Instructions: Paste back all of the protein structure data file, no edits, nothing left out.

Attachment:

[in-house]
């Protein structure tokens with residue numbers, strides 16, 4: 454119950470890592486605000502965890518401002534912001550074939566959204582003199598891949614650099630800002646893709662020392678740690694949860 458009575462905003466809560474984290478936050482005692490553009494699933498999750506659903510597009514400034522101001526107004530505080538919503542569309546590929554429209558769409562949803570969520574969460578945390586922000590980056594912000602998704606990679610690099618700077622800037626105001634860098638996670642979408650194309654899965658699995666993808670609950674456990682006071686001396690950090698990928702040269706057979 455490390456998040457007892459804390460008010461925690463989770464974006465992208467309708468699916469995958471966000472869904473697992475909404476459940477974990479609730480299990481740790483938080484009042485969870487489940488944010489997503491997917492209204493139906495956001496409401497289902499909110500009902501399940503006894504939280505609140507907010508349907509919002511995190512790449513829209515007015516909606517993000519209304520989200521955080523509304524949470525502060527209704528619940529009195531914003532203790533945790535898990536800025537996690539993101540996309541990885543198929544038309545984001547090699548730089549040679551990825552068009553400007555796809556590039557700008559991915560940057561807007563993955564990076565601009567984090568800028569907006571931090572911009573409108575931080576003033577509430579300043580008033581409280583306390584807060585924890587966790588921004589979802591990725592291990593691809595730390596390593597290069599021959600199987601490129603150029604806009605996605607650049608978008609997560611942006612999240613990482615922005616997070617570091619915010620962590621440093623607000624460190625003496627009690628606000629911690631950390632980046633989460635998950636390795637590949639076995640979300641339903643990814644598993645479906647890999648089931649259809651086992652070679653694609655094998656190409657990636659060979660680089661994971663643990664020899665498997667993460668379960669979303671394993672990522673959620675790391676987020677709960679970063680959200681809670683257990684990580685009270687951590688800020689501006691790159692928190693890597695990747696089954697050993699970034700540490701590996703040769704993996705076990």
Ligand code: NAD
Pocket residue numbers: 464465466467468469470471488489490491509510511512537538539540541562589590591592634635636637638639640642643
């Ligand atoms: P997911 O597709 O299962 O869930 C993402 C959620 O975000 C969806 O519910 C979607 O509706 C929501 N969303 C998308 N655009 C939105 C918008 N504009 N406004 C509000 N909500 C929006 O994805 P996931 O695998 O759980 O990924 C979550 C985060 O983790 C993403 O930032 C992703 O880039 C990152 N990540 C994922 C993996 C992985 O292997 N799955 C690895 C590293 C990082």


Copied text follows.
[in-house]
């Protein structure tokens with residue numbers, strides 16, 4: 454119950470890592486605000502965890518401002534912001550074939566959204582003199598891949614650099630800002646893709662020392678740690694949860 458009575462905003466809560474984290478936050482005692490553009494699933498999750506659903510597009514400034522101001526107004530505080538919503542569309546590929554429209558769409562949803570969520574969460578945390586922000590980056594912000602998704606990679610690099618700077622800037626105001634860098638996670642979408650194309654899965658699995666993808670609950674456990682006071686001396690950090698990928702040269706057979 455490390456998040457007892459804390460008010461925690463989770464974006465992208467309708468699916469995958471966000472869904473697992475909404476459940477974990479609730480299990481740790483938080484009042485969870487489940488944010489997503491997917492209204493139906495956001496409401497289902499909110500009902501399940503006894504939280505609140507907010508349907509919002511995190512790449513829209515007015516909606517993000519209304520989200521955080523509304524949470525502060527209704528619940529009195531914003532203790533945790535898990536800025537996690539993101540996309541990885543198929544038309545984001547090699548730089549040679551990825552068009553400007555796809556590039557700008559991915560940057561807007563993955564990076565601009567984090568800028569907006571931090572911009573409108575931080576003033577509430579300043580008033581409280583306390584807060585924890587966790588921004589979802591990725592291990593691809595730390596390593597290069599021959600199987601490129603150029604806009605996605607650049608978008609997560611942006612999240613990482615922005616997070617570091619915010620962590621440093623607000624460190625003496627009690628606000629911690631950390632980046633989460635998950636390795637590949639076995640979300641339903643990814644598993645479906647890999648089931649259809651086992652070679653694609655094998656190409657990636659060979660680089661994971663643990664020899665498997667993460668379960669979303671394993672990522673959620675790391676987020677709960679970063680959200681809670683257990684990580685009270687951590688800020689501006691790159692928190693890597695990747696089954697050993699970034700540490701590996703040769704993996705076990």
Ligand code: NAD
Pocket residue numbers: 464465466467468469470471488489490491509510511512537538539540541562589590591592634635636637638639640642643
């Ligand atoms: P997911 O597709 O299962 O869930 C993402 C959620 O975000 C969806 O519910 C979607 O509706 C929501 N969303 C998308 N655009 C939105 C918008 N504009 N406004 C509000 N909500 C929006 O994805 P996931 O695998 O759980 O990924 C979550 C985060 O983790 C993403 O930032 C992703 O880039 C990152 N990540 C994922 C993996 C992985 O292997 N799955 C690895 C590293 C990082």